These issues will be discussed and examined during the 14th Annual International Bridge Conference in Pittsburgh June 2Ð4. The event, staged at the Pittsburgh Hilton Hotel and hosted by the Engineers' Society of Western Pennsylvania, expects to draw in excess of 1,000 bridge engineers from around the world. Attendees will have the opportunity to view bridge-building and maintenance technology and services on display in the conference's exhibit area. This year, conference exhibitors, including ROADS & BRIDGES, will occupy 250 booths.
Underscoring the importance of industry efforts this year to secure needed federal funding for bridge research, maintenance, repair and building is the appearance of Peter Ruane, president and CEO of the American Road & Transportation Builders Association (ARTBA), at the keynote session on June 2. ARTBA is one of the founding industry associations behind the creation of the Transportation Construction Coalition (TCC), a collection of organizations formed to pursue an aggressive highway construction industry agenda during this year's budget and ISTEA reauthorization battles. Joining Ruane on the keynote agenda will be John H. Haley Jr., acting commissioner of the New Jersey DOT, Eugene C. Figg Jr., P.E., of Figg Engineering Group, and Frederick Gottemoeller, P.E., R.A., of Gottemoeller & Associates.
"We've asked the keynote speakers to inform attendees on where the funding situation stands in relation to technology advancement and maintenance and construction dollars," said Charles Schubert, IBC general chairman and project manager with Michael Baker Jr., Inc. The theme of this year's conference is Innovations in Bridge Design and Construction. "Innovation leads to increased efficiency and better use of bridge funding," Schubert said.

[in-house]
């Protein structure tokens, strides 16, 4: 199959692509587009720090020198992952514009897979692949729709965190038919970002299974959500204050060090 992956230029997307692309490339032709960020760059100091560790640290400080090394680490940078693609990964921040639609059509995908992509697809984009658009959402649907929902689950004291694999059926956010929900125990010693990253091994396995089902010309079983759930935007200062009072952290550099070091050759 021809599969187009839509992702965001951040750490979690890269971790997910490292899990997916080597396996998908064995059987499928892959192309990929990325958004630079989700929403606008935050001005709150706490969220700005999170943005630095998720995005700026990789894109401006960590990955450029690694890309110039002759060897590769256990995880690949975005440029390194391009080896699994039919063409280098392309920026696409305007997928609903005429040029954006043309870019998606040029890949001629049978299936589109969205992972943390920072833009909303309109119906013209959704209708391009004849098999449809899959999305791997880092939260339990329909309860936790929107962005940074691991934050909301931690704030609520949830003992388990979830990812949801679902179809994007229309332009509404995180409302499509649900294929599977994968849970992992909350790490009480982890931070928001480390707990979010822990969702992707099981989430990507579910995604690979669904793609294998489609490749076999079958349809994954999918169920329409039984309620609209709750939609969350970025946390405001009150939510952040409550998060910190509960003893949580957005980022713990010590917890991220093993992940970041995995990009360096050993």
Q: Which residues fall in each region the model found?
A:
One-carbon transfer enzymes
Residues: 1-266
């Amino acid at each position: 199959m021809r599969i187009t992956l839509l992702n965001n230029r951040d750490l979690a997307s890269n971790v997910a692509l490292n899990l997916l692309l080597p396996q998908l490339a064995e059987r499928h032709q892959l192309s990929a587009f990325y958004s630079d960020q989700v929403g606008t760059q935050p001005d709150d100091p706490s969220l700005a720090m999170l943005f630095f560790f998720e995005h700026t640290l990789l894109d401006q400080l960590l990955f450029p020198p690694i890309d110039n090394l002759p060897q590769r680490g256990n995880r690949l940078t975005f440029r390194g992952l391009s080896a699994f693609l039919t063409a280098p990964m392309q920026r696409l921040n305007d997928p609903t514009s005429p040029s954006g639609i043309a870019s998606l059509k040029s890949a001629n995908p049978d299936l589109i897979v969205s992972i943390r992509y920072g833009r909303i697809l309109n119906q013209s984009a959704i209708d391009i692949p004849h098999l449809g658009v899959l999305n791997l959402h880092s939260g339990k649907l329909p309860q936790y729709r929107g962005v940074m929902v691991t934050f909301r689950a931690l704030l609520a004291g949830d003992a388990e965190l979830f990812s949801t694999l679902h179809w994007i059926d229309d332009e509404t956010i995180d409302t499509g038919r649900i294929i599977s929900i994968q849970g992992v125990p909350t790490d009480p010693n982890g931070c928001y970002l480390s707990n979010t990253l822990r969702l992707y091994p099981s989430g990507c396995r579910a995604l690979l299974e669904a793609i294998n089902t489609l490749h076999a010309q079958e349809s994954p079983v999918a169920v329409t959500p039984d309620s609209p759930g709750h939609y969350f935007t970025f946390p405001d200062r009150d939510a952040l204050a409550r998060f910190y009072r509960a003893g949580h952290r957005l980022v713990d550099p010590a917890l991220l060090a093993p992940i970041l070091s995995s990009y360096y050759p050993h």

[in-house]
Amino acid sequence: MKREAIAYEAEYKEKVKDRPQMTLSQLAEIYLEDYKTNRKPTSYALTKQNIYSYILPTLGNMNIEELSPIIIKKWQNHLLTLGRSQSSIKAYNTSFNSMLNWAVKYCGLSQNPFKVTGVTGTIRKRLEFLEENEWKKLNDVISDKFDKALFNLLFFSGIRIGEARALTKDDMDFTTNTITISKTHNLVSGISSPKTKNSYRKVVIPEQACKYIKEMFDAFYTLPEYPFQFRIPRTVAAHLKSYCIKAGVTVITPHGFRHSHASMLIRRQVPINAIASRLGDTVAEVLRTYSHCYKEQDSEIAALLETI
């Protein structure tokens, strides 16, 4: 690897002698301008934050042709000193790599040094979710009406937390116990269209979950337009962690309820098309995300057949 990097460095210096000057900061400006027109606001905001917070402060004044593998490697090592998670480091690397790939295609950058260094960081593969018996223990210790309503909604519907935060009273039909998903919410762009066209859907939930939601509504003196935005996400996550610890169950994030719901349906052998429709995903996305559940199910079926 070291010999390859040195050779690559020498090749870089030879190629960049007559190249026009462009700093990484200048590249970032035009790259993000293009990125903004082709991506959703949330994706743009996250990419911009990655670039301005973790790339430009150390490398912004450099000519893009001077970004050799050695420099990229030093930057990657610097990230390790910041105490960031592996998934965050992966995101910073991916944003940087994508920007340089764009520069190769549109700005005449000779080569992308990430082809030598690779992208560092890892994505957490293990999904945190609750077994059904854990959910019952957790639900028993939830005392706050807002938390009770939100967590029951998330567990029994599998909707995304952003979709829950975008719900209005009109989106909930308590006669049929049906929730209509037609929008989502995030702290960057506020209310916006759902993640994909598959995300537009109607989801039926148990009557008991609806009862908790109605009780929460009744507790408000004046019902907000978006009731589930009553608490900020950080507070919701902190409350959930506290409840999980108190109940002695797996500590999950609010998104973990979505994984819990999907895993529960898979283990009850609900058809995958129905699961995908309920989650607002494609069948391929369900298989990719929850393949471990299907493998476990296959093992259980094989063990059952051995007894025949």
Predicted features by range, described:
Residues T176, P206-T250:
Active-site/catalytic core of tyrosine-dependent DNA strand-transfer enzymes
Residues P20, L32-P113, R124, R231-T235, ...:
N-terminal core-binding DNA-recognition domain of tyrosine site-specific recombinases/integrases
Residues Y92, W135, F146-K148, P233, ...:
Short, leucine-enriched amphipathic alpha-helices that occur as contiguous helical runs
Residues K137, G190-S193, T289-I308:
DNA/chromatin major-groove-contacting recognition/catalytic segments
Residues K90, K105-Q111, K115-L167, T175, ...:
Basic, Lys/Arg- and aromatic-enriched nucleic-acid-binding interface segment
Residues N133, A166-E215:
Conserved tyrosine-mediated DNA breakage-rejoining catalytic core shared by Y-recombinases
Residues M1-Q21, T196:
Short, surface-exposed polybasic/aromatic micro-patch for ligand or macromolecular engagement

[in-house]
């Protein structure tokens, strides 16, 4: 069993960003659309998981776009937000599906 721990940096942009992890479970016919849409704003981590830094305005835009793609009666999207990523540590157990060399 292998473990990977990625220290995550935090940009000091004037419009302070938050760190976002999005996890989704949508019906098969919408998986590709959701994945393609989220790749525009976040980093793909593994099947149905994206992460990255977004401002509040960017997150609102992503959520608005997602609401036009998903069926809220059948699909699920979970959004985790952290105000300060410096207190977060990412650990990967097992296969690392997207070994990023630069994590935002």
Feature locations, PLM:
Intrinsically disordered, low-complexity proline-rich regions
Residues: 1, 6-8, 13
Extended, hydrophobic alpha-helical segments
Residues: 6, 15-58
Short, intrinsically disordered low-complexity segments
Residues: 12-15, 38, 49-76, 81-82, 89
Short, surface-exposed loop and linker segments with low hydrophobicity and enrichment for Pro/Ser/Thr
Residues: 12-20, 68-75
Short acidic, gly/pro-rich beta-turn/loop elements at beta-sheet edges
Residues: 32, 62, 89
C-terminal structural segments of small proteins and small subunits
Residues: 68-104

Each year, the IBC selects a state to profile bridge work conducted within its borders. This year's featured state is New Jersey. The theme of the session is Traffic and Historical Considerations in the Rehabilitation and Reconstruction of Existing Structures. Subjects to be discussed during the session include the Garden State's experience in bridge widening, reconstruction, rehabilitation, historic bridge preservation, timber railing crash test research, fatigue design of sign structure supports and value engineering.
Additional conference sessions will focus on design, long span bridges, segmental and seismic design, rehabilitation and strengthening, construction, innovation and testing, foundations and coatings and materials.
Two seminars will highlight new material technologies being implemented in the field. The latest advances in high-performance concrete (HPC) will be presented in a condensed version of a Federal Highway Administration (FHWA) three-day showcase. The seminar will cover the following topics: a definition of HPC, international developments, structural design and optimization, and HPC properties. Examples from selected states also will be given.
Complementing the HPC seminar is a seminar on high-performance steel, which either has been used or is being proposed to be used in Tennessee, Nebraska and Pennsylvania. Cooperative efforts between the Navy and the FHWA are resulting in rapidly accelerated advances in material performance and a push to move quickly from research to application.
A tradition of the conference is the presentation of the International Bridge Conference Bridge Awards co-sponsored by the Engineers' Society and ROADS & BRIDGES. For the 11th consecutive year the Richardson and Roebling medals will be presented during a luncheon to those in the bridge industry most deserving of recognition and praise. The George S. Richardson Medal is awarded for a single, recent outstanding achievement and the Roebling Medal is presented for lifetime achievement in bridge engineering.
For more information on the 14th Annual International Bridge Conference, contact the Engineers' Society of Western Pennsylvania, 337 Fourth Ave., Pittsburgh, PA 15222 or call (412) 261-0710, fax (412) 261-1606.